While few may know their names, Tabletop Directors create food ads that can be seen by millions of viewers each week. It’s a job that requires meticulous attention and patience – food can be a temperamental star.

Oftentimes sauce does not want to drip in the right way, spaghetti falls from the fork, or cheese refuses to pull with the correct number of stings.

Food is a diva that Bel Bare has bucket-loads of experience dealing with.

For the past 20 years, Bel has been working creatively on campaigns for some of the world’s most notable food brands. When the grilled chicken doesn’t want to sizzle in the right way, Bel has the know-how to turn the tides and create mouth-watering content.

We had a chance to sit down with Bel to chat about her tricks of the trade, and more importantly, what happens to all that food once the camera stops rolling!

 
A key to tabletop directing is making food not only look good but to give the viewer an idea of what the food will taste like. How do you achieve this?

The goal is to keep the food looking dynamic, appetising and real. I think it helps if the footage gives a positive sensory experience as the number one priority is making our viewer say “Yum!”

This is achieved through movement, often positioning the food in slow motion to create a dreamy ‘food-porn’ moment. Colour and lighting are also key tools for me as they help bring out the shape and texture of the food. The rest is magic!

 

Can you give us an idea of how many takes you have to do in order to get the perfect shot?

When you go onto set to work with food or liquid combined with gravity, there’s always an element of engineered ‘luck’.

It helps to set up the perfect conditions for the effect you want to achieve. I think there’s absolutely a relationship between time spent preparing for a shot and how many takes needed.

Sometimes we spend a few days preparing and get what we need first take, then continue shooting a couple more for safety. Or we quickly set up something that requires a more random outcome and it could be 20 takes. I’ve heard of shoots exceeding this beyond belief! But, as with any shoot, you don’t have the shot until you have it.

Can you give us an example of a time you were directing and had to use a number of different methods to make sure you achieved the shot you were looking for?

Sometimes we can get pretty experimental! It’s often the shots you think will be simple to capture that take the most ingenuity.

Something like a handful of berries rolling along a surface can have all hands on deck. We’re throwing things, tilting the table and trying to keep everything looking fresh and undamaged.

This tends to happen at least once per shoot, so there’s too many to list. It’s all part of the fun!

How does technology assist you to achieve the look you’re after?

Technology is the reason we have such incredible visual experiences with food, that is impossible for the naked eye to witness.

A great example is shooting at extreme high-speeds using cameras powerful enough to slow down the firing of a gun. When we slow down the moment of ice cubes falling into a glass or chocolate into a bowl of cream, it’s simply divine to watch in slow motion.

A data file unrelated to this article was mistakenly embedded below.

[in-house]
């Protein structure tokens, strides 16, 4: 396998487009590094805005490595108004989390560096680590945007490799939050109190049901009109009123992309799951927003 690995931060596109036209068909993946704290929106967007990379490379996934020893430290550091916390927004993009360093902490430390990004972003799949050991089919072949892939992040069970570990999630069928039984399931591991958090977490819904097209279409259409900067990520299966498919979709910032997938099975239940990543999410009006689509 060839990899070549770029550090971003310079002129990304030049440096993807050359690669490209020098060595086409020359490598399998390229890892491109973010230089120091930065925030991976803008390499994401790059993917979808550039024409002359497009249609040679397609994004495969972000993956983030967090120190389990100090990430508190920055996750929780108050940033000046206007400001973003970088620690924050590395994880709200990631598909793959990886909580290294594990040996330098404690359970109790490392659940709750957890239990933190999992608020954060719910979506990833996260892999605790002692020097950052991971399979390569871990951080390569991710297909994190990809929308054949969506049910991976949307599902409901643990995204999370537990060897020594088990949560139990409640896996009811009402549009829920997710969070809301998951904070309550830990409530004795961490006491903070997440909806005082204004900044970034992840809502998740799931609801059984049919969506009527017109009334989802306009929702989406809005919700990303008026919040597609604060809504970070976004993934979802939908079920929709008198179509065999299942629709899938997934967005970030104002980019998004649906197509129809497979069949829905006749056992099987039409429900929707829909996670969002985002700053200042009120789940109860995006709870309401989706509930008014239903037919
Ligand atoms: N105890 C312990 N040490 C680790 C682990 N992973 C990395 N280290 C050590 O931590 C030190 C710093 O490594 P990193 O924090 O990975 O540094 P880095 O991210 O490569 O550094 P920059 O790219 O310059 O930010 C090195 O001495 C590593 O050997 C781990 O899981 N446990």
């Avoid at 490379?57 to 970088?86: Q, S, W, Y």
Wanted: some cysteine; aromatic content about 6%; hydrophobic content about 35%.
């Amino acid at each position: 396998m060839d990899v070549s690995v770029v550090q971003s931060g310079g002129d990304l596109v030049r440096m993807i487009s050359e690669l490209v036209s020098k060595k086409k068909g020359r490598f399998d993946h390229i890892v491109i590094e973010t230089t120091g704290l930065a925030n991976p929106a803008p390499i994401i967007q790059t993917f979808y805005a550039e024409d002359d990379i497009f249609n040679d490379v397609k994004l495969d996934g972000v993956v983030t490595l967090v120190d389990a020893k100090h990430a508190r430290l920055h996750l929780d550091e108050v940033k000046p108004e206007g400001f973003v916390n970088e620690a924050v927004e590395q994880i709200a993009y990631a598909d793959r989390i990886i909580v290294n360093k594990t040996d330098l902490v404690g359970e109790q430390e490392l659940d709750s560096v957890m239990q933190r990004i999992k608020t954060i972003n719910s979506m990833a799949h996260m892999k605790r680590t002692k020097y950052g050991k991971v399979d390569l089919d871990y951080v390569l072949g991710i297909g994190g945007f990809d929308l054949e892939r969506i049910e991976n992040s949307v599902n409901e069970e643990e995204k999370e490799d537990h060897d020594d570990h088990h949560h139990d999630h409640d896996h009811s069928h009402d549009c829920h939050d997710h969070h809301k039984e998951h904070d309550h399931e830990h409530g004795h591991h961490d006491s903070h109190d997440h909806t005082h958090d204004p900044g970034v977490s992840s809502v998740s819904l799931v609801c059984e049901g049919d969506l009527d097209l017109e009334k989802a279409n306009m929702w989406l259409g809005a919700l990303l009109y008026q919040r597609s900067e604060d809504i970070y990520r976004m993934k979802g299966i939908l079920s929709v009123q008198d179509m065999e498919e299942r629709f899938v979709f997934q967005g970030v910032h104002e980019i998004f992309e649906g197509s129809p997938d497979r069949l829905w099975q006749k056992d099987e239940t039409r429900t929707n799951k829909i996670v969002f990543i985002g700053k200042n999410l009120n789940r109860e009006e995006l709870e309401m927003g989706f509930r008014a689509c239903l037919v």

The other tool we can’t work without is playback monitors which allow us to review the shots as we go along.

Of course, the motion control rigs at Tasty Studio take creative work and innovation in motion-capture to new heights. The fact that there are two robotic arms that work in synchronisation which each other is ground-breaking in the local industry. To have this type of technology at my fingertips is a complete game changer.

 

What is your advice to brands who are looking to showcase their product in new and innovative ways?

I tell clients looking into shooting food in stills or motion that if you do not have the budget to shoot the food properly and in a way that offers an appetising outcome, avoid shooting it at all and work on alternative concepts to communicate your message.

It’s better to invest in an amazing representation of your food or beverage in one well planned and executed shoot than to spread the budget too thin and devalue your message over time.

What methods have you used to enhance the look of the food without completely changing the look of the actual product?

Oh boy! This is something I’d like to keep mysterious! But for the amusement of the reader, we have been known to heat feminine hygiene products to create perfect steam and punching the underside of tables to make things jump, which is comical to watch after a long day.

Now, the question on everyone’s lips – what do you do with all of the food at the end of a shoot?

Most of the crew love taking home bags of fresh food at the end of the day and, of course, things are routinely packed up to be distributed to local charities.

We are all regular people on set and very conscious of waste. So we take great care in planning to avoid ruining food unnecessarily.

When a shot seems to need an extraordinary amount of food, we get creative on how to minimise the amount we use. For example, we try to be as conservative as possible and bulk out large areas of the shot without using edible things, instead, we may use greenery, tableware, or a beautiful surface.

But it’s always important to have a little nibble of what you’re shooting – for creative reasons!

View Bel’s Reel: